Photorefractive keratectomy (PRK) - use of an excimer laser for corneal ablation to correct near- or farsightedness (similar to LASIK). In PRK, ethanol is used to dissolve the outer protective layer of the eye, the conjunctiva, which is then scraped off. An excimer (excited dimer) laser (whose particular wavelength is optimal for breaking biomolecular bonds without damaging nearby tissue) is used to ablate the outer layer of the cornea (compared to the inner layer, the stroma, in LASIK). The degree of ablation is unique to each patient depending upon the refractive index the doctor wants to achieve. When I had this surgery performed, I was moderately myopic, so my cornea was ablated to decrease its refractive index. And while this would be a really cool thing to look in to, the kind of equipment and materials available in the lab probably couldnt accomodate such an experiment.

And here's a pretty good video of the procedure being performed:

Week of August 3

August 4 - Newton's Rings

Newton's Rings are a similar phenomenon to thin-film interference, where light rays reflect off two surfaces and either constructively or destructively interfere with one another to produce a series of light and dark "rings" (or colors with multichromatic light). The below diagram illustrates this principle:

The "green" rays are out of phase with the "blue" rays because they had to travel further. When the distance they had to travel puts the "green" rays half of a wavelength out of phase with the "blue" rays, they interfere destructively and black rings are seen. With multichromatic light, different wavelengths need to travel different distance to constructively/destructively interfere, which results in a rainbow of colors instead of distinct rings (note: the rays aren't necessarily incident at an angle, an observer could be looking at the setup from directly above. The diagram is merely meant to illustrate the concept).

Unfortunately, we could not get this setup to work in the lab with a convex lens and a glass plate, probably for a variety of reasons. We did not have a good method of securing the lens to the plate tightly, nor did we have a good way to actually visualize the rings (such as a microscope with a monochromatic light source).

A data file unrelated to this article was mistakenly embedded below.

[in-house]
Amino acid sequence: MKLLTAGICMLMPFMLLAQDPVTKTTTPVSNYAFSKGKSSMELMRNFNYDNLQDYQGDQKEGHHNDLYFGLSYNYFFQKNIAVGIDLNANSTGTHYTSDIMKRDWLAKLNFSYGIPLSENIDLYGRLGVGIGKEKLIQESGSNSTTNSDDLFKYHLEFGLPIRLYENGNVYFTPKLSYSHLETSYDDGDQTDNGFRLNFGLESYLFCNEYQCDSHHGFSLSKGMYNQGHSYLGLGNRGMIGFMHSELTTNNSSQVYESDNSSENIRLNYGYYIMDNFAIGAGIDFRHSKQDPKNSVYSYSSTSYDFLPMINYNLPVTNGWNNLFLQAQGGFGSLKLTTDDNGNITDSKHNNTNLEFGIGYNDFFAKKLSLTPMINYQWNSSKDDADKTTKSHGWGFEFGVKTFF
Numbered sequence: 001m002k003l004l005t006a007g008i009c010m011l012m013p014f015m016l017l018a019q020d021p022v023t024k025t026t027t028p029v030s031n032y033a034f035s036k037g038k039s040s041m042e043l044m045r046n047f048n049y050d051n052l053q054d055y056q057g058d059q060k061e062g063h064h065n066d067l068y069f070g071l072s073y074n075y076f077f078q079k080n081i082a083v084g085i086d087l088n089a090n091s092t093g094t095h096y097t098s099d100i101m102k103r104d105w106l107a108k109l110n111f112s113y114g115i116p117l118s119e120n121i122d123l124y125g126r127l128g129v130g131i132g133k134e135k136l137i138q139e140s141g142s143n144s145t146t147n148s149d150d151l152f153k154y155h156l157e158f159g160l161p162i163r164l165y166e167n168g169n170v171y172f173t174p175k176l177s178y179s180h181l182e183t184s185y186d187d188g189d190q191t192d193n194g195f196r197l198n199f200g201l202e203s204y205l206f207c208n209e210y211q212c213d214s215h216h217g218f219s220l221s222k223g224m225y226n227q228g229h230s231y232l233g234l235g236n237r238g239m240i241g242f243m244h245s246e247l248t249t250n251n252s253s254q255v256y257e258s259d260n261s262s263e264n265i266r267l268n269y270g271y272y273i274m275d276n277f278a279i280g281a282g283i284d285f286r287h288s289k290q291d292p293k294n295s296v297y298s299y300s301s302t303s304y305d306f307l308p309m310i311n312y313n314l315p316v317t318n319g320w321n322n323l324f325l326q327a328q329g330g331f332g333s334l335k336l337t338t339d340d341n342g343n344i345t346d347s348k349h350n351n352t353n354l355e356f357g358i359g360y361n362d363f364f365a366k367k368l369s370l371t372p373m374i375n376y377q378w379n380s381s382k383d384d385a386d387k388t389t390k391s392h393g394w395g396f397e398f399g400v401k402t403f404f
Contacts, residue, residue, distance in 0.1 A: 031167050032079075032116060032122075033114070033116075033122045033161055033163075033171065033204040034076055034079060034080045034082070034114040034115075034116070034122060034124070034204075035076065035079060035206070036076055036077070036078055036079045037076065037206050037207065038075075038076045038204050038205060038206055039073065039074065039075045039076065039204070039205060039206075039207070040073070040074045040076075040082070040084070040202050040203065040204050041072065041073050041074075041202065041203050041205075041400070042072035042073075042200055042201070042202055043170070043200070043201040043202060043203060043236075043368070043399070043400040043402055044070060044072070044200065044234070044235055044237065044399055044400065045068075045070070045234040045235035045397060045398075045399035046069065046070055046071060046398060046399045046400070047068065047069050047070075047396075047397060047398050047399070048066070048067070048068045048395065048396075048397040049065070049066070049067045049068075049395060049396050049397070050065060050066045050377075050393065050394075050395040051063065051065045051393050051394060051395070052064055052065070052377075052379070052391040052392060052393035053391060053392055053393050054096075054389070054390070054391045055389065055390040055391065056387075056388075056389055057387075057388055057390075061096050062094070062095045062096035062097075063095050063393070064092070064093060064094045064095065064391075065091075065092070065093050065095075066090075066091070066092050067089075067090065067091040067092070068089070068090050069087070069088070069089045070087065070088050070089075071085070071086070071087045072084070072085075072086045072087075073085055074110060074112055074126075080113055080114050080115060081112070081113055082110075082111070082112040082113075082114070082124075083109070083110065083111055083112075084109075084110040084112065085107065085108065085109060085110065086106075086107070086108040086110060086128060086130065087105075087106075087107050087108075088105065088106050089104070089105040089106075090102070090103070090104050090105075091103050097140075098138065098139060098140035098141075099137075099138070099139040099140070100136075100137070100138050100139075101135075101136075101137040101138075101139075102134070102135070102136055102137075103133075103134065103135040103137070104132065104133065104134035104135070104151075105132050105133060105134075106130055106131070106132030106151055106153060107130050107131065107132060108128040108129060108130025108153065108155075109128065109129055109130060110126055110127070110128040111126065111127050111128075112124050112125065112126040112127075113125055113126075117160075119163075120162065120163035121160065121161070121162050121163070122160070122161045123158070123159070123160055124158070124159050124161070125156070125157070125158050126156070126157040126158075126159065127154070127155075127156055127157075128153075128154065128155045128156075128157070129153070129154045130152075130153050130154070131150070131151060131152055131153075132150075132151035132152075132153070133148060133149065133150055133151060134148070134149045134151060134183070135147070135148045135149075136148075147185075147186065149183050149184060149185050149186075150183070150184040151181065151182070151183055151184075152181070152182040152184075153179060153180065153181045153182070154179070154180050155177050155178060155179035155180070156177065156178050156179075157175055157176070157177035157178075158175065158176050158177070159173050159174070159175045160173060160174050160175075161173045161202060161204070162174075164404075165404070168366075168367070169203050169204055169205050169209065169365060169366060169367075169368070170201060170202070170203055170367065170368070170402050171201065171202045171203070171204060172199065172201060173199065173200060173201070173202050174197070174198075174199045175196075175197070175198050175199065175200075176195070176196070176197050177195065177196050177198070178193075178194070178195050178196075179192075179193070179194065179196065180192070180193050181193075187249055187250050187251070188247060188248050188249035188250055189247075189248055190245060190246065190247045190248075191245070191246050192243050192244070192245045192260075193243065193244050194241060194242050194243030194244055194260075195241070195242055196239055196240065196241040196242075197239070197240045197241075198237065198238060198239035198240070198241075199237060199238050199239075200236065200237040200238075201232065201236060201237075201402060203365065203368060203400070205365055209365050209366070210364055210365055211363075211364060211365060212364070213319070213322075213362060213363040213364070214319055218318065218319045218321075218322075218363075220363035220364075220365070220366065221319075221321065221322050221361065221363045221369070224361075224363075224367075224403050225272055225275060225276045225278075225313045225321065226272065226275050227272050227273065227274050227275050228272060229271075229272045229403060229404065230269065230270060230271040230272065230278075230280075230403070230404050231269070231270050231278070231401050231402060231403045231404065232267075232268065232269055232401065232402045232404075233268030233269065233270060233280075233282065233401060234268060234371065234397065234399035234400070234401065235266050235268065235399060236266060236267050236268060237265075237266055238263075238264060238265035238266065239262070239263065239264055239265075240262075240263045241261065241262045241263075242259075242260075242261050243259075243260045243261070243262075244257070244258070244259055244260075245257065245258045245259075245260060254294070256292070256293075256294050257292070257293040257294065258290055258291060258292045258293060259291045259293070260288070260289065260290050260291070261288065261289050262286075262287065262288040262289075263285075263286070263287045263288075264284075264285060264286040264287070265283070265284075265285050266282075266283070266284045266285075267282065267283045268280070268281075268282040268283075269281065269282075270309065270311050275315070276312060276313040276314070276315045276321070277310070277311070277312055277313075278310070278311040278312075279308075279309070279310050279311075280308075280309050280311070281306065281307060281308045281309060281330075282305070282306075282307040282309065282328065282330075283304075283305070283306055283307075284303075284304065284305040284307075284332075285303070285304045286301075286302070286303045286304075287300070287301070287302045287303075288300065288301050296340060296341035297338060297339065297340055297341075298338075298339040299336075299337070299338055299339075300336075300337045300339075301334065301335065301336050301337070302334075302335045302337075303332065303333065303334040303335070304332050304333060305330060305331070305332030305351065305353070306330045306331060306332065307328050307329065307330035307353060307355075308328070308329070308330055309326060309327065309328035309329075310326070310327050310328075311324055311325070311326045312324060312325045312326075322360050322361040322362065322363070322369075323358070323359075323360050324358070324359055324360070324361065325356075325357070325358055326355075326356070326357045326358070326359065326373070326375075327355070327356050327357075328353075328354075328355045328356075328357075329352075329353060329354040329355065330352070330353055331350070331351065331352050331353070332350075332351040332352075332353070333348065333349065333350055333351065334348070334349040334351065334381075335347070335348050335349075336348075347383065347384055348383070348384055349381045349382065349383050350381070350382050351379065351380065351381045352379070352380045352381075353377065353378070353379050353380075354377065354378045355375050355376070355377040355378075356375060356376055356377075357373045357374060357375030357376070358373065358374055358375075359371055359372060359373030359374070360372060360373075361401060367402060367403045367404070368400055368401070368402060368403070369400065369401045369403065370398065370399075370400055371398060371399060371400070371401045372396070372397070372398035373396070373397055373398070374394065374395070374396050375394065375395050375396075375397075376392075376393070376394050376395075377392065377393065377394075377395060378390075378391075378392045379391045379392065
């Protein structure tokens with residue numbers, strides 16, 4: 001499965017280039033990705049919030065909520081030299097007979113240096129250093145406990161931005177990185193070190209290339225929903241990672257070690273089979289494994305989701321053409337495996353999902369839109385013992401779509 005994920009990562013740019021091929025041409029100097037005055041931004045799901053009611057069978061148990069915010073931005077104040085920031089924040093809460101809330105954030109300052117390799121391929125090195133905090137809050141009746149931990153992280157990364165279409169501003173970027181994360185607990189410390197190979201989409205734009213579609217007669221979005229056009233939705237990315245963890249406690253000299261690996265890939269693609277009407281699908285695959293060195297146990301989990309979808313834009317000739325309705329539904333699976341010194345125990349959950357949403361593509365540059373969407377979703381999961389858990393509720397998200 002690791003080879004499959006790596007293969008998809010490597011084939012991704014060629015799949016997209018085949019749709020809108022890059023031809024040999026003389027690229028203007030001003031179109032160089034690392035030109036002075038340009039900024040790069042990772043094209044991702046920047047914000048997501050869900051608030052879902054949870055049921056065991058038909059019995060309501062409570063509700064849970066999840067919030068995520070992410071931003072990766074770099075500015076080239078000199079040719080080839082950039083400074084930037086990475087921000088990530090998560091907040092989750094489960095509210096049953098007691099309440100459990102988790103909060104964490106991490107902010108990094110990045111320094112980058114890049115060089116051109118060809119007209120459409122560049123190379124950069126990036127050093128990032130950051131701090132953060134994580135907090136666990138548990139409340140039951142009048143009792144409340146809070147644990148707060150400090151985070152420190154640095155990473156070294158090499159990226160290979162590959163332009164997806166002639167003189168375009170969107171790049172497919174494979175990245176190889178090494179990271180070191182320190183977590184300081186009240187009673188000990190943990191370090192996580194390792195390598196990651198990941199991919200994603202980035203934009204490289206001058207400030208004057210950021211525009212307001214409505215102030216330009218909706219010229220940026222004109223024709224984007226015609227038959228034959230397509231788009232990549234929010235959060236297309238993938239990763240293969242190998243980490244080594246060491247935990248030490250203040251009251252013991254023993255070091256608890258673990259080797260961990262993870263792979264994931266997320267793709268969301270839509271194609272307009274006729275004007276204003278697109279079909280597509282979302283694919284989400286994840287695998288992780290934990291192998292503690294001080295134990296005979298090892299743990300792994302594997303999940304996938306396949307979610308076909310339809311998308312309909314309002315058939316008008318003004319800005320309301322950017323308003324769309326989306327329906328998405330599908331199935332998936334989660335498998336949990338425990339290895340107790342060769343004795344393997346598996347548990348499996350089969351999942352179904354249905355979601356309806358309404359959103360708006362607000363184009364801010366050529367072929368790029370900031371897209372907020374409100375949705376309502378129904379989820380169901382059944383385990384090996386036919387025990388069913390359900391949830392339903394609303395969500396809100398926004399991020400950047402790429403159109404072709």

*Update (8/6/09)* - Able to see Newton's rings between two slightly curved glass plates, when viewed under white fluorescent light, up close, at the correct angle. A more distinct rainbow "ring" pattern could also be seen when I switched the top lens for a thinner and slightly more curved lens (but again, only from the proper viewing angle).

Week of August 10

Photoelectric effect in an arc lamp

We observed a unique phenomenon with the sodium lamp the other day - it would immediately activate in the presence of light but otherwise would take much longer to start up. It wasn't how the lamp was designed, surely, but it was an interesting confirmation of the photoelectric effect ("quantized" light particles). Shining a light on the lamp ejected electrons and consequently activated the lamp (either by completing a circuit or through some chemical interaction, I'm not quite sure how the lamp itself works). A multichromatic flashlight provided wavelengths with enough energy, as did a green laser, but a red laser was totally ineffective (again an effect of "quantized" light "particles").